A two-year push to prevent concussions and other injuries in Fairfax County high school sports is showing encouraging results, according to data released by the school system.

Statistics collected by Fairfax County public schools indicated that the number of injuries sustained by football players declined by 16 percent over the past year, and the number of concussions by 28 percent. There were similar declines in the incidence of concussions and other injuries among lacrosse players.

School officials attributed the reduction in concussions and other injuries to measures that began two years ago to increase awareness and educate coaches and players about injury prevention.

Bill Curran, director of student activities and athletics programs for the school system, said Fairfax County was the first high school program in the country to implement “Heads Up Football,” a program developed by the nonprofit organization USA Football. The program emphasizes proper tackling technique to minimize helmet contact, he said.

“It’s like a curriculum for tackling,” Curran said. “It’s all about using the best body position to make tackles instead of what you see on ESPN or in the NFL . . . where they’re kind of throwing their bodies to tackle.

“It takes the head out of the game, which you don’t really need . . . for tackling,” he added. “It migrates more toward using the arms, shoulders, body, instead of the head.”

USA Football developed the Heads Up program for youth organizations, and Fairfax worked with them to develop a high school version, Curran said.

Bringing the football coaches together in the same room to discuss injury prevention was “the real gem of the whole thing,” Curran said. “They came up with significant ideas around their practice planning and tools.”

When the lacrosse coaches got together, some raised concerns about significant injuries caused by checking, Curran said. They developed Check Smart, a program focusing on proper checking techniques to make lacrosse safer without fundamentally changing the game, he said.

Although the number of injuries in lacrosse decreased the first year the program was in place, there were increases in concussions and other injuries sustained by football players. It was not until the second year that the number of football injuries dropped significantly.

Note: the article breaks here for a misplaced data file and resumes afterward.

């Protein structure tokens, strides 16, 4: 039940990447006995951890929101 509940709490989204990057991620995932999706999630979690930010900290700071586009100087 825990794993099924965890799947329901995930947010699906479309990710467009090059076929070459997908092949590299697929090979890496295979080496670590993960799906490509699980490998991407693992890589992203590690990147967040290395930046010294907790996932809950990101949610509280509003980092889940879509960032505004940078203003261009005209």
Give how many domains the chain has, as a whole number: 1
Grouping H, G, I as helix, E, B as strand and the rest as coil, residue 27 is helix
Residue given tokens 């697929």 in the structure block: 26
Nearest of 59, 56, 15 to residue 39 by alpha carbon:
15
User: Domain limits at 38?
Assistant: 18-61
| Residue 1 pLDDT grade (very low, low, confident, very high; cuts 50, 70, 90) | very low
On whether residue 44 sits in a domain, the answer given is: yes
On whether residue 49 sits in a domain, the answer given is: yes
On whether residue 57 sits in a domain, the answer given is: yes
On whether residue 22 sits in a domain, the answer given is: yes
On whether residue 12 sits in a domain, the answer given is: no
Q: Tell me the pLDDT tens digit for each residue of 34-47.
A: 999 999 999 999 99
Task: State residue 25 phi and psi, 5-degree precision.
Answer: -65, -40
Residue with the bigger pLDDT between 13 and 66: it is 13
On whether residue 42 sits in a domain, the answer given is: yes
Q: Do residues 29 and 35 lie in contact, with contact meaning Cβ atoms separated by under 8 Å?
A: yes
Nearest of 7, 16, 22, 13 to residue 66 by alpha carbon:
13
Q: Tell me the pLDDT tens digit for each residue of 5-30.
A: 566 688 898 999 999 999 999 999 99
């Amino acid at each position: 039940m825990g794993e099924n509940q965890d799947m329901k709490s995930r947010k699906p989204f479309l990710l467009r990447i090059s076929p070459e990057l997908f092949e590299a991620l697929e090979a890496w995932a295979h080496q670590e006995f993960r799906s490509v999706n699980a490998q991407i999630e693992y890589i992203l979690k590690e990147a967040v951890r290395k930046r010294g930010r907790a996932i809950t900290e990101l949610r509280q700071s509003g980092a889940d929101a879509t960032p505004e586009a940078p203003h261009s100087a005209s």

Curran attributed the first-year increase partly to the focus on recognizing possible head injuries.

“We put a significant emphasis on the identification [of injuries] on the players’ and the coaches’ side, so inevitably we were going to see an uptick in injury reports,” Curran said. “If a player says, ‘I have a headache,’ we’re going to put them in a concussion protocol and record it as a concussion in the reporting data.”

The program also trains players to recognize and report when their teammates exhibit symptoms of concussions, Curran said.

“The players [are] not often going to take themselves out,” he said. “They’ll do things to try to keep themselves on the field.”

The number of concussions and other injuries in 2014-2015 in both football and lacrosse fell to the lowest levels in four years, according to the school system’s data.

“The one-year decline is an encouraging sign and an important step toward what we hope is a trend,” USA Football spokesman Joe Frollo said in an e-mail. “We are seeing . . . that Heads Up Football and similar programs are leading to a change in behavior for the better, and data indicates that coach education can advance player safety.”

Curran said Fairfax County is expanding its injury prevention efforts to other sports. Cheerleading coaches met to address injuries resulting from throws and tosses, and are now implementing changes in their practices, he said. The school system will take a similar approach with wrestling in the winter and track in the spring, he said.

Barnes is a freelance writer.